John Swinney warns chancellor 'don't do down Scotland'
Scotland's finance secretary has said he will not accept UK Chancellor George Osborne "talking down Scotland".
John Swinney was speaking after Mr Osborne claimed the uncertainty of a future independence referendum was damaging the Scottish economy.
The SNP minister said he was happy to have an evidence-based debate, but there was no evidence coming from the coalition government.
He admitted Scotland's growth was slow, but not as slow as the rest of the UK.
In an interview with BBC Radio Scotland's Good Morning Scotland programme, Mr Swinney said the SNP government had made it clear it would not hold a referendum on independence until the latter part of its five-year term.
He added that in the meantime, under a devolved administration, he was doing all in his power to promote Scotland as "a place to do business".
In an interview for the BBC's Politics Show, Mr Osborne said he believed the instability and uncertainty surrounding an independence referendum was "damaging investment in Scotland".
He said: "There are major businesses around the world who have asked me as chancellor in the last year 'tell us what is going on in Scotland - we're worried about making an investment in that country'.
"I have told them go ahead with the investment, but I have to say those questions are being asked, and I think it is having a direct impact on Scottish jobs and Scottish prosperity."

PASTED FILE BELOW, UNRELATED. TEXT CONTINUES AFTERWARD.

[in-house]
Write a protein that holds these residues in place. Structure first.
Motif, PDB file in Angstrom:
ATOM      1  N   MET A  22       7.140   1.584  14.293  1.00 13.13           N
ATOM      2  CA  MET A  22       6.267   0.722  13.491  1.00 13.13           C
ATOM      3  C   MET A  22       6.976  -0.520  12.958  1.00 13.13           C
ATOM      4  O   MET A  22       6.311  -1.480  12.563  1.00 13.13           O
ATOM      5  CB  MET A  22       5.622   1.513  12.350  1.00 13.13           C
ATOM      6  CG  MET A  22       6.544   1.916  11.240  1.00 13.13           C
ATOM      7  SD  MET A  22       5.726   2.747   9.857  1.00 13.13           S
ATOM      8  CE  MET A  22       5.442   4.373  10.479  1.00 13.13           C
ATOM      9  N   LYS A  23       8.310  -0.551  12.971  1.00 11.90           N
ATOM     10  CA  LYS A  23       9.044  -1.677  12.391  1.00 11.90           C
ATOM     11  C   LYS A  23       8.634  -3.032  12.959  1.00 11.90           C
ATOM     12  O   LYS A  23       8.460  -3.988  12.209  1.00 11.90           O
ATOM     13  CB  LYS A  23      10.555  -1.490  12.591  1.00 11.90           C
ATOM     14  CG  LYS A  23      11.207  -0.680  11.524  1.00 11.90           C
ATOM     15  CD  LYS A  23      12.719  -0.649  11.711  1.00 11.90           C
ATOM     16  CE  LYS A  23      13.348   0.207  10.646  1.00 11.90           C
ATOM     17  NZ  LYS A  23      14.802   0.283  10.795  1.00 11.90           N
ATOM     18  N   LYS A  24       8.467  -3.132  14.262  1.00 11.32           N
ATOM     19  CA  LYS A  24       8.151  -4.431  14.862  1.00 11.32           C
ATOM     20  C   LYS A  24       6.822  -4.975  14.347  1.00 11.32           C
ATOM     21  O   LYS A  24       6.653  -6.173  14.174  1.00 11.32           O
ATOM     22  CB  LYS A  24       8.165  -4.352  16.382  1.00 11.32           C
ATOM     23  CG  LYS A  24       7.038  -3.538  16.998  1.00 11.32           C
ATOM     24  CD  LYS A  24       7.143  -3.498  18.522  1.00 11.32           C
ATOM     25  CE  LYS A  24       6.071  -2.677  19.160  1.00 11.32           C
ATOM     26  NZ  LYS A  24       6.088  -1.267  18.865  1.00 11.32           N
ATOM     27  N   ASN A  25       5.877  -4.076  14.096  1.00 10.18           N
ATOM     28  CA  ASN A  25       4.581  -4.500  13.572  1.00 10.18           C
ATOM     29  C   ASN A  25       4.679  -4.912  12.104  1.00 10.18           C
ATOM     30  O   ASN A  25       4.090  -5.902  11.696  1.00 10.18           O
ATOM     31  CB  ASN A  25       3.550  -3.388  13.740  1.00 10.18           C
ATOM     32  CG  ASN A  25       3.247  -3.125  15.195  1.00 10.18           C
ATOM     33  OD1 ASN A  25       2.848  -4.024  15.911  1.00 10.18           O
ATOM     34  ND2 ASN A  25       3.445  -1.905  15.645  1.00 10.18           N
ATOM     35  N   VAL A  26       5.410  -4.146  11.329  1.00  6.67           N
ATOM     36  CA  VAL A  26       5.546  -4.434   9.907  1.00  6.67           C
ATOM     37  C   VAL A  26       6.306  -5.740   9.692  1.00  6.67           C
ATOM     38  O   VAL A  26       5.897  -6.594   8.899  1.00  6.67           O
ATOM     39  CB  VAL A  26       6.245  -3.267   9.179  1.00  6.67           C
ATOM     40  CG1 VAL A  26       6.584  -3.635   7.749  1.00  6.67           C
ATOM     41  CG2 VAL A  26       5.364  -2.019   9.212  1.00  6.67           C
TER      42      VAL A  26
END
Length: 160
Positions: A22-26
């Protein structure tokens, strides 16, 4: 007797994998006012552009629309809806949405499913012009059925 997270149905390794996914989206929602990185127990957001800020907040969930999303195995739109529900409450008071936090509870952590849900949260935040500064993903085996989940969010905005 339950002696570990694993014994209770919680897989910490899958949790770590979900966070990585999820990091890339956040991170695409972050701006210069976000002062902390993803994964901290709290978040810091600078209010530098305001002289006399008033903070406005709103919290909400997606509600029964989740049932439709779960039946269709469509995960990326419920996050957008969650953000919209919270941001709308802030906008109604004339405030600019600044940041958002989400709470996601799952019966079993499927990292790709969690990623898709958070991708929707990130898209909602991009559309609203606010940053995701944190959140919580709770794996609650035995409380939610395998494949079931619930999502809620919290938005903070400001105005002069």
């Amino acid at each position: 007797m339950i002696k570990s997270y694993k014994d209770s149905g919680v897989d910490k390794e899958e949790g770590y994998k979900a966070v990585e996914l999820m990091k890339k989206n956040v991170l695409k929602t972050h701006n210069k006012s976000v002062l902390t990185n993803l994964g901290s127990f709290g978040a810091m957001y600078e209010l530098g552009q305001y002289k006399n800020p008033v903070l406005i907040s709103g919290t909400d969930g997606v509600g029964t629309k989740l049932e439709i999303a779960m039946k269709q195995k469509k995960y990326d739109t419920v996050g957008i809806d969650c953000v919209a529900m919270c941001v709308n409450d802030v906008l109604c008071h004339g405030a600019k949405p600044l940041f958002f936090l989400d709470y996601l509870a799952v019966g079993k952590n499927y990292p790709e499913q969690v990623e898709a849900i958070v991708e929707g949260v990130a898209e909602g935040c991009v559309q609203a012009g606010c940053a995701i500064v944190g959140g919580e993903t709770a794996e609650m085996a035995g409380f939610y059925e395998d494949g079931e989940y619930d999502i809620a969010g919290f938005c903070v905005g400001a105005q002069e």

Labour's Willie Bain said he agreed with Tory Mr Osborne.
The Glasgow North East MP said of his political opponent: "Even I have to admit that on this issue he [George Osborne] has a point when speaking to people in the financial services community, as I have done in the last fortnight.
"They do indicate, in the privacy of their company boardrooms, very searching questions asking a lot about the stability of the Scottish financial system."
Mr Swinney said the chancellor and Mr Bain's assessments were "absolute nonsense".
He said a "number of powerful global companies", including Taco, Dell, Amazon and Mitsubishi, were investing in Scotland.
Mr Swinney said: "The evidence points directly against it [damaging Scotland].
"There is a very long list of companies that are investing in Scotland, that are interested in investing Scotland, and the type of success rate of the Scottish government and our enterprise agencies in securing employment and growth in Scotland demonstrate that what the chancellor and Mr Bain are talking about is absolute nonsense."
He added: "I won't have George Osborne talking down Scotland."
Mr Swinney said he could do much more if Scotland had the full range of economic and financial powers.
The finance secretary was speaking following the Bank of Scotland's latest Purchasing Managers' Index (PMI) which suggested a second successive monthly drop in new business orders.
The bank said a marked fall in demand for manufactured goods lay behind the latest decline. However, service providers saw a modest pick-up in new business.
Mr Swinney responded by saying: "I accept that growth has slowed, but the growth position in Scotland is better than the rest of the UK. We have a stronger employment position, lower unemployment and a lower level of economic inactivity."